- ADT Corp was the worst performer in the S&P 500 this week falling 7.84 percent. The home security provider announced that its third largest shareholder, Corvex Management LP, would sell its stake in the company and that Corvex’s founder Keith Meister had resigned from ADT’s board of directors.
- The current macro environment remains positive as economic data remains robust enough to give investors confidence in an economic recovery, but not too strong as to force the Fed to change course in the near term.
- Money flows are likely to find their way into domestic U.S. equities and out of bonds and emerging markets.
- The improving macro backdrop out of Europe and China could be the catalyst for a rally into year end.
- A market consolidation could occur in the near term after such a strong year.
- Higher interest rates are a threat for the whole economy. The Fed must walk a fine line and the potential for policy error is potentially large.
- The debt ceiling and government shutdown have passed, but the economic fallout will likely be felt over the next weeks and months as it negatively affects upcoming economic data releases.
The Economy and Bond Market
Treasury bond yields rose by 1 basis point this week as economic data came in better-than-expected, further encouraging outflows from fixed-income securities into the broader equity market.
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- Chicago’s Purchasing Manager Index for October was reported at 63.0, ahead of expectations of 60 and firmly in expansionary mode.
- Initial jobless claims fell by 7,000 last week to a seasonally adjusted 316,000, the lowest level since late September. Analysts were expecting jobless claims to fall to 330,000.
- The S&P/Case-Shiller Composite 20 Home Price Index for September was 165.66, the highest level in five years, and up 13.29 percent year-over-year.
- The November Consumer Confidence Index came in at 70.4, below survey consensus and below the prior month print.
- Durable goods orders (ex-transportation) for October declined by -0.1 percent, below expectations of growth of 0.5 percent, and in line with the prior month.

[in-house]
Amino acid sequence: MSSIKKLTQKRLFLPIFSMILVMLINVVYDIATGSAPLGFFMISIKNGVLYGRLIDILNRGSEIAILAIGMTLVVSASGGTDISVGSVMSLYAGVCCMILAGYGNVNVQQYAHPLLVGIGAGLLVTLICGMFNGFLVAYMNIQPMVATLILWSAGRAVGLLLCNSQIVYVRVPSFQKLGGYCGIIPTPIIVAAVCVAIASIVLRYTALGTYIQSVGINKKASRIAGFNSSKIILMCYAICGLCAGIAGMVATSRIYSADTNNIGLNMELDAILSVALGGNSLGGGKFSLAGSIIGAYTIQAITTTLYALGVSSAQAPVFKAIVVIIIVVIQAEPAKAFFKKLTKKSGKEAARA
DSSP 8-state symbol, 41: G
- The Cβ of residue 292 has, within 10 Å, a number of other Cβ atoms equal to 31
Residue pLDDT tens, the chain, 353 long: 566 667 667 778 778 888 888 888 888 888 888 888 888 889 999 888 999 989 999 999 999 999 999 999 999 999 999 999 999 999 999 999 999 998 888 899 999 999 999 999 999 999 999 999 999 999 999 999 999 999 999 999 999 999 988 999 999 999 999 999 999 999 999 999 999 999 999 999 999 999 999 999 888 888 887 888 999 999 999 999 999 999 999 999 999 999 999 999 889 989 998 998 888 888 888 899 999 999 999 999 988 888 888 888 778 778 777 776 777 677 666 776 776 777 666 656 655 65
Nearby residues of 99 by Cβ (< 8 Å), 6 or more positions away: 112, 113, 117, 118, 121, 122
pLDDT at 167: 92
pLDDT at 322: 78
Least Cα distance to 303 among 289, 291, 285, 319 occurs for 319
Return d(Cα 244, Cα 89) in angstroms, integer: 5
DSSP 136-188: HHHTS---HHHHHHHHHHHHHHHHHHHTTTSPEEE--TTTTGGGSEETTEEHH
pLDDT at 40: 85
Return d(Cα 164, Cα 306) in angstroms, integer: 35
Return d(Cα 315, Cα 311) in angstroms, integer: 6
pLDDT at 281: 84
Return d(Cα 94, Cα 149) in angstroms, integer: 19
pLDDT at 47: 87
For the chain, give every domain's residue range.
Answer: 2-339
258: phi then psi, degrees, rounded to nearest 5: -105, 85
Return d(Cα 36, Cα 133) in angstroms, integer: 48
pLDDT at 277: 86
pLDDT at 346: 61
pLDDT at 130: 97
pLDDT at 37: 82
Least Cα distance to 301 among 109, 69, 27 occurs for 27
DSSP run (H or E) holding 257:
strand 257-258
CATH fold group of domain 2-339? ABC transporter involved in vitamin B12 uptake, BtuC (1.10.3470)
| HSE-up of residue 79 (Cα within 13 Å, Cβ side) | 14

- Pending home sales fell for a fifth straight month, dipping 0.6 percent in October, per the National Association of Realtors which said that the recent government shutdown, rising interest rates, and rising home prices all contributed to the decline.
- Despite recent conflicting commentary, the Fed continues to remain committed to an overall accommodative policy and is unlikely to raise interest rates in 2013 or 2014.
- Key global central bankers remain in easing mode, including the European Central Bank (ECB), Bank of England and the Bank of Japan. An ECB policymaker commented this week that the ECB could adopt negative interest rates or quantitative easing to lift inflation.
- There remain many moving parts to the taper decision and it is very possible that tapering could be delayed well into 2014.
- Inflation in some corners of the globe is getting the attention of policymakers and may be an early indicator for the rest of the world.
- Trade and/or currency “wars” cannot be ruled out which may cause unintended consequences and volatility in the financial markets.
- The recent bond market selloff may be a “shot across the bow” as the markets reassess the changing macro dynamics.
For the week, spot gold closed at $1,251.39, up $7.76 per ounce, or 0.62 percent. Gold stocks, as measured by the NYSE Arca Gold Miners Index, were off 0.31 percent. The U.S. Trade-Weighted Dollar Index lost 0.06 percent for the week.